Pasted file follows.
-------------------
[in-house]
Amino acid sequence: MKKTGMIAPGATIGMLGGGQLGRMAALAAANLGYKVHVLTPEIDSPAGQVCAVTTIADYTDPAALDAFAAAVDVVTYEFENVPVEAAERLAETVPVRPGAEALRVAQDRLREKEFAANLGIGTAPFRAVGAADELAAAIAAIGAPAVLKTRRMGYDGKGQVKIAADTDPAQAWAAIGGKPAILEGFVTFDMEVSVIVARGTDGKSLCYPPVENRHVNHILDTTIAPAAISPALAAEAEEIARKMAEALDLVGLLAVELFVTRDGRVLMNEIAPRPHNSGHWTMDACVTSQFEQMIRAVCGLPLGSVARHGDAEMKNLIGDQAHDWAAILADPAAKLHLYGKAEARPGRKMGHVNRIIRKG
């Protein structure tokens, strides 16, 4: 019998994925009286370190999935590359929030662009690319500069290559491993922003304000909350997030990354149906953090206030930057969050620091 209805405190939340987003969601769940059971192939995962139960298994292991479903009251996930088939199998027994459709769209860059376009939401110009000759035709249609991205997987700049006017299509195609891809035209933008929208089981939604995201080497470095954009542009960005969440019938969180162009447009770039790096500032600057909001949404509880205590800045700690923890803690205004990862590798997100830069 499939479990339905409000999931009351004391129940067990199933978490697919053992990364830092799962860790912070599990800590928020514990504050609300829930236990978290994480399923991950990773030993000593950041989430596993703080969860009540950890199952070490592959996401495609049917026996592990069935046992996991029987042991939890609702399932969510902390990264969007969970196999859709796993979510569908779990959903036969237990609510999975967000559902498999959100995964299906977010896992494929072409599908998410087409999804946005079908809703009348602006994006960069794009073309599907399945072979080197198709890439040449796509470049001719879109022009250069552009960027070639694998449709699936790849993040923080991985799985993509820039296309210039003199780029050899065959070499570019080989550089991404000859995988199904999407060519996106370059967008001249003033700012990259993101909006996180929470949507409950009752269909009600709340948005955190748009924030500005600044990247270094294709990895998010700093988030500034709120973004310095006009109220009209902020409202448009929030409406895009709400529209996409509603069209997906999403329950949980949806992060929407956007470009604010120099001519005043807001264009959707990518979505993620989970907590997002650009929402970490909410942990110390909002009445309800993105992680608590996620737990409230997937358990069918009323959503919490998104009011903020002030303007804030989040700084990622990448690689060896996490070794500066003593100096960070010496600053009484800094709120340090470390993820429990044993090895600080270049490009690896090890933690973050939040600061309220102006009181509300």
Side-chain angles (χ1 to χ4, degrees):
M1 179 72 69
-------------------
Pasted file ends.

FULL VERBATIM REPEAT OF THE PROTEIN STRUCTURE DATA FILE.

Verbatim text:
[in-house]
Amino acid sequence: MKKTGMIAPGATIGMLGGGQLGRMAALAAANLGYKVHVLTPEIDSPAGQVCAVTTIADYTDPAALDAFAAAVDVVTYEFENVPVEAAERLAETVPVRPGAEALRVAQDRLREKEFAANLGIGTAPFRAVGAADELAAAIAAIGAPAVLKTRRMGYDGKGQVKIAADTDPAQAWAAIGGKPAILEGFVTFDMEVSVIVARGTDGKSLCYPPVENRHVNHILDTTIAPAAISPALAAEAEEIARKMAEALDLVGLLAVELFVTRDGRVLMNEIAPRPHNSGHWTMDACVTSQFEQMIRAVCGLPLGSVARHGDAEMKNLIGDQAHDWAAILADPAAKLHLYGKAEARPGRKMGHVNRIIRKG
């Protein structure tokens, strides 16, 4: 019998994925009286370190999935590359929030662009690319500069290559491993922003304000909350997030990354149906953090206030930057969050620091 209805405190939340987003969601769940059971192939995962139960298994292991479903009251996930088939199998027994459709769209860059376009939401110009000759035709249609991205997987700049006017299509195609891809035209933008929208089981939604995201080497470095954009542009960005969440019938969180162009447009770039790096500032600057909001949404509880205590800045700690923890803690205004990862590798997100830069 499939479990339905409000999931009351004391129940067990199933978490697919053992990364830092799962860790912070599990800590928020514990504050609300829930236990978290994480399923991950990773030993000593950041989430596993703080969860009540950890199952070490592959996401495609049917026996592990069935046992996991029987042991939890609702399932969510902390990264969007969970196999859709796993979510569908779990959903036969237990609510999975967000559902498999959100995964299906977010896992494929072409599908998410087409999804946005079908809703009348602006994006960069794009073309599907399945072979080197198709890439040449796509470049001719879109022009250069552009960027070639694998449709699936790849993040923080991985799985993509820039296309210039003199780029050899065959070499570019080989550089991404000859995988199904999407060519996106370059967008001249003033700012990259993101909006996180929470949507409950009752269909009600709340948005955190748009924030500005600044990247270094294709990895998010700093988030500034709120973004310095006009109220009209902020409202448009929030409406895009709400529209996409509603069209997906999403329950949980949806992060929407956007470009604010120099001519005043807001264009959707990518979505993620989970907590997002650009929402970490909410942990110390909002009445309800993105992680608590996620737990409230997937358990069918009323959503919490998104009011903020002030303007804030989040700084990622990448690689060896996490070794500066003593100096960070010496600053009484800094709120340090470390993820429990044993090895600080270049490009690896090890933690973050939040600061309220102006009181509300």
Side-chain angles (χ1 to χ4, degrees):
M1 179 72 69